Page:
Nornickel, the world’s largest palladium producer, plans to partly compensate for the deficit from its stockpiles left from 2020, it said in a statement, adding that its Global Palladium Fund could also provide metal if there was a need to do so. Shortages are forecast due to flooding at its mines and an accident at its plant earlier this year.
One of Nornickel’s two underground mines, hit by a sudden inflow of water in February, has already resumed output at full capacity. The second is expected to restart in early June. Its plant, part of which collapsed during maintenance in February, will return to full capacity by October.
Nornickel currently expects a global palladium deficit at 0.9 million troy ounces in 2021, up from 0.3 million ounces in 2020. It previously expected it at 0.2 million ounces this year.
Nornickel will fulfil all its current obligations with clients this year despite the accidents, which will reduce its production, it said.
It updated its view on the nickel market, currently expecting a 2021 surplus at 52,000 tonnes compared to its previous estimate of 90,000 tonnes. It estimates the surplus at more than 100,000 tonnes in 2022, the world’s leading producer of refined nickel said.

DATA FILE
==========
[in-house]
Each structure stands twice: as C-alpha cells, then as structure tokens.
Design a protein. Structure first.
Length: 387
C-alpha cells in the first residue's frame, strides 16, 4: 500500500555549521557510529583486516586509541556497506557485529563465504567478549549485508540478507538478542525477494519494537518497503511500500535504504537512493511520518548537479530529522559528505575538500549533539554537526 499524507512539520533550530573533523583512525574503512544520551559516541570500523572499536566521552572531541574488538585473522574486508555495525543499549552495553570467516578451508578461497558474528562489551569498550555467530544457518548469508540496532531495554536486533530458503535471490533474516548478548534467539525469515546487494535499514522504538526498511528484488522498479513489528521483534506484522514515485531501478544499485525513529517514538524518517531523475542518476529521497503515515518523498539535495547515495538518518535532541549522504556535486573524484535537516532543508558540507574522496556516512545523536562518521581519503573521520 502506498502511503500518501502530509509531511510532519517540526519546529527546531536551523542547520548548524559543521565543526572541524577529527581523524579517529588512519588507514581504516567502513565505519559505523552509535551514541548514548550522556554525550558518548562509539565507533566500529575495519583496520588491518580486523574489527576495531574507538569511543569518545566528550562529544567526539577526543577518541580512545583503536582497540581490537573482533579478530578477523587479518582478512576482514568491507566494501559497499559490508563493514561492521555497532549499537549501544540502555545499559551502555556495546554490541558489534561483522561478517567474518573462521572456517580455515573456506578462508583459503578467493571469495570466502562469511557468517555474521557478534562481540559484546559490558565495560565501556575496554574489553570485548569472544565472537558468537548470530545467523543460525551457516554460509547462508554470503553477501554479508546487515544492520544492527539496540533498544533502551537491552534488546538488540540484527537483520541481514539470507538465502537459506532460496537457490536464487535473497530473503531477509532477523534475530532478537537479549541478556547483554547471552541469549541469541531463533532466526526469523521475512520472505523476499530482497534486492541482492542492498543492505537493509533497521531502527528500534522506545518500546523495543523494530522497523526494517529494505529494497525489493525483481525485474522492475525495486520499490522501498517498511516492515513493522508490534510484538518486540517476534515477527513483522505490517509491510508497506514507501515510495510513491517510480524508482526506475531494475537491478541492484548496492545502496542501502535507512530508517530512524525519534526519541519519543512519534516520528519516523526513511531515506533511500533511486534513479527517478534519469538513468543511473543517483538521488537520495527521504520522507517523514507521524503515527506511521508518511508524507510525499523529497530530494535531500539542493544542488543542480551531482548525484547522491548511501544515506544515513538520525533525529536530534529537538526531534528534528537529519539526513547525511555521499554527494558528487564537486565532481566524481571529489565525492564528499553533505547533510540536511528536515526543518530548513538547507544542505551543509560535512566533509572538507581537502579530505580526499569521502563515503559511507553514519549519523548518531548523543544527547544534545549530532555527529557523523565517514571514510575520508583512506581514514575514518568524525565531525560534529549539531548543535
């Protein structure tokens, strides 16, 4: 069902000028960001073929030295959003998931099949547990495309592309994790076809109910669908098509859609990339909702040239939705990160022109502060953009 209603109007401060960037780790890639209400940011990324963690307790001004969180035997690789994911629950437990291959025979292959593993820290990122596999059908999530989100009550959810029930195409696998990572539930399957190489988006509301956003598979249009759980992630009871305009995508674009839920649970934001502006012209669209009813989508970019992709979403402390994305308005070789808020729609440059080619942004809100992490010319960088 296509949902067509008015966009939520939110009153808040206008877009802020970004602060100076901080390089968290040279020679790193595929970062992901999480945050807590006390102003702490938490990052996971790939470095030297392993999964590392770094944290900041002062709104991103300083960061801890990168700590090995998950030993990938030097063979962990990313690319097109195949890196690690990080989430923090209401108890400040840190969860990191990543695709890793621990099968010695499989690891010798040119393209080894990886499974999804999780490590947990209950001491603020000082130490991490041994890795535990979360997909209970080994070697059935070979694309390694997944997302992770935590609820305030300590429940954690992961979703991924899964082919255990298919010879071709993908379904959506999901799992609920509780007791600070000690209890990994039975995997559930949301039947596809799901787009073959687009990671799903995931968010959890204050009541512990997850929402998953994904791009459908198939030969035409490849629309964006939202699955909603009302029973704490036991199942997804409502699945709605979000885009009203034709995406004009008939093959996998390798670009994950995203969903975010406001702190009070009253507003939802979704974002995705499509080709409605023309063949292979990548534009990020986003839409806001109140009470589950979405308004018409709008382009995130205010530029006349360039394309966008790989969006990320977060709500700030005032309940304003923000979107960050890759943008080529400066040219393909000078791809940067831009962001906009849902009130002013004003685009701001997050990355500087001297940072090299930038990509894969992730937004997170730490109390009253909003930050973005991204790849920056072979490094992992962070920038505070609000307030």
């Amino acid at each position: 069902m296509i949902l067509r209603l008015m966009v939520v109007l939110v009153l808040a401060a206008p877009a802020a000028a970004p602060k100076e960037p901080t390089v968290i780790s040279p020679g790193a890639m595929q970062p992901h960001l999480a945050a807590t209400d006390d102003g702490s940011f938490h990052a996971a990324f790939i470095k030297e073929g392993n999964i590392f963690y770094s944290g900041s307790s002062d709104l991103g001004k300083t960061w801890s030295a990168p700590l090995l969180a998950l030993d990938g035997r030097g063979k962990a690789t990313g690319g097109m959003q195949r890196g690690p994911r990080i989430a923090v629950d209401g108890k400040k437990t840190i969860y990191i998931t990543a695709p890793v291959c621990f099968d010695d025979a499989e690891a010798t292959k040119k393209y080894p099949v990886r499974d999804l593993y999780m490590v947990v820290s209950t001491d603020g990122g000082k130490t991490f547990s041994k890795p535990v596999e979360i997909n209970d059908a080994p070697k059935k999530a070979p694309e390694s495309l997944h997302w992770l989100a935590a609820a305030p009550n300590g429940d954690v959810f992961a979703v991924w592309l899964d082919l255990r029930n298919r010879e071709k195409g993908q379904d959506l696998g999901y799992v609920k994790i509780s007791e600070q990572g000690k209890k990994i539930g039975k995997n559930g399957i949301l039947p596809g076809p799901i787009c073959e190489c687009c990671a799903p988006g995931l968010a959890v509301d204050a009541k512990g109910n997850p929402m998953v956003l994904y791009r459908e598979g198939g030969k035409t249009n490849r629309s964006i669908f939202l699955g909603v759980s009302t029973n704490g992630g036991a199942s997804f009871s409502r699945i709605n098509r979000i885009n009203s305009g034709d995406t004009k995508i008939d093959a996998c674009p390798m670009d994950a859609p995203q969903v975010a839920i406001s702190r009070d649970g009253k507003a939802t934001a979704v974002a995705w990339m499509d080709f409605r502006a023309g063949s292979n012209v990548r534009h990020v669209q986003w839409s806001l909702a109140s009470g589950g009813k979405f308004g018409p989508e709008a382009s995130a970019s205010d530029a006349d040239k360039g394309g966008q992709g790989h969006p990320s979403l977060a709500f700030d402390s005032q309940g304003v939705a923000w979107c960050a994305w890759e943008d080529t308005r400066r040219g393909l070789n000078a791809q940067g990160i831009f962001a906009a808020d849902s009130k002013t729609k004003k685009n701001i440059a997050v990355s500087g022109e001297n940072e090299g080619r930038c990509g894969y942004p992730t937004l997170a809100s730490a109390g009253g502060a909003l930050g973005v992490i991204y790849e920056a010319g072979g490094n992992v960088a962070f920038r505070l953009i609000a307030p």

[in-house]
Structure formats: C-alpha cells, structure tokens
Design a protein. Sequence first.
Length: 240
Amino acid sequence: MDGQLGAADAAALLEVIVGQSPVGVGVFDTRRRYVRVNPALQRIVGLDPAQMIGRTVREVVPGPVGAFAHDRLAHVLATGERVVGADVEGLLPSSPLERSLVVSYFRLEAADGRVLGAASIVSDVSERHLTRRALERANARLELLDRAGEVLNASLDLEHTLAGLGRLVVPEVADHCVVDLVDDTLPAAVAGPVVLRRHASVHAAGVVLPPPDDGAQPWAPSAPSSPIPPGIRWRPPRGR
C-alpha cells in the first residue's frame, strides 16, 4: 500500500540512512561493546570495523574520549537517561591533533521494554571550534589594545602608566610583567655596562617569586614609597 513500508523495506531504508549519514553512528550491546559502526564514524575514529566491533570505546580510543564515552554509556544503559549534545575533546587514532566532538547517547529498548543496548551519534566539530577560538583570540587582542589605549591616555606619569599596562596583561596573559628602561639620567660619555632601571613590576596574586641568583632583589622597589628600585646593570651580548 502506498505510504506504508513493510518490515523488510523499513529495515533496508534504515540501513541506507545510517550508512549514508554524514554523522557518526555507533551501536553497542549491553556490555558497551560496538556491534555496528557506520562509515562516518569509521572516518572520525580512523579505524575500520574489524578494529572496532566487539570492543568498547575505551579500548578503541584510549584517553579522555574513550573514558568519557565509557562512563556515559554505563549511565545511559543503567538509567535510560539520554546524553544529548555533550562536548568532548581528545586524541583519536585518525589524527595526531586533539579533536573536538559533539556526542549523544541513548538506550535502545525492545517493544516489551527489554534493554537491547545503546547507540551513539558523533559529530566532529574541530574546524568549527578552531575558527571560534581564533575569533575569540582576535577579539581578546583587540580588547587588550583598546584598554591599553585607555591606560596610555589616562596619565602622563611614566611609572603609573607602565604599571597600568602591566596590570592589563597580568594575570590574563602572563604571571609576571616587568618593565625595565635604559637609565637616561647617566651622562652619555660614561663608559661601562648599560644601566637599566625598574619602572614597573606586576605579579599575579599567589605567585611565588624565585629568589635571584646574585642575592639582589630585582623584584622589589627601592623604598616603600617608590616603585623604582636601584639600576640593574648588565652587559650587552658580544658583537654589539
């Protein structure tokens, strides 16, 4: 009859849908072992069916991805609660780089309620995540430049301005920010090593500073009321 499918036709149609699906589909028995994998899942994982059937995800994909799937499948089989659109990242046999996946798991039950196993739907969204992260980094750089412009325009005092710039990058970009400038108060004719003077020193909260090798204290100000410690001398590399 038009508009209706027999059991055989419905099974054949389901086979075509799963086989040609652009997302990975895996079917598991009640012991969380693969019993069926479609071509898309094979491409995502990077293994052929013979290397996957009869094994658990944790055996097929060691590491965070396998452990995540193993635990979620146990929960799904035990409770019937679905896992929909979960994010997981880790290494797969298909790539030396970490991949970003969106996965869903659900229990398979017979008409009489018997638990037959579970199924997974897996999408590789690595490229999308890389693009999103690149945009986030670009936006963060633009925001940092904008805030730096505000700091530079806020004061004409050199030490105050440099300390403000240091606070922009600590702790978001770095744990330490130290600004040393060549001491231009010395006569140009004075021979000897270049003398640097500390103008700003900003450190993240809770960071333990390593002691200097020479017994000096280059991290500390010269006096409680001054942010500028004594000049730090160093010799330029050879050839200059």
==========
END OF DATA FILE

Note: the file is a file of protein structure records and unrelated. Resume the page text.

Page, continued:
Nornickel’s recently published Metals Market Review further details the outlook for palladium:
“The rebound in the automotive industry in the second half of 2020, especially in China, and processing capacities outages in South Africa kept the palladium market in a 0.3Moz deficit in 2020. This year, the experts see an impressive recovery in automotive demand and other industrial applications almost to the pre-COVID levels, although partially subdued by the chip shortage.
“This recovering demand will be met by the rebounding supply from South Africa and other regions as well as recycling. However, the suspension of Nornickel’s concentrator and Oktyabrsky and Taimyrsky mines have widened the expected deficit of current supply vs demand to 0.9Moz in 2021 vs the previous estimate of a balanced market. This deficit will be partially eased by the supply from stocks, including the metal, which was produced but was not sold by Nornickel in 2020, and supply from other stocks accumulated previously.”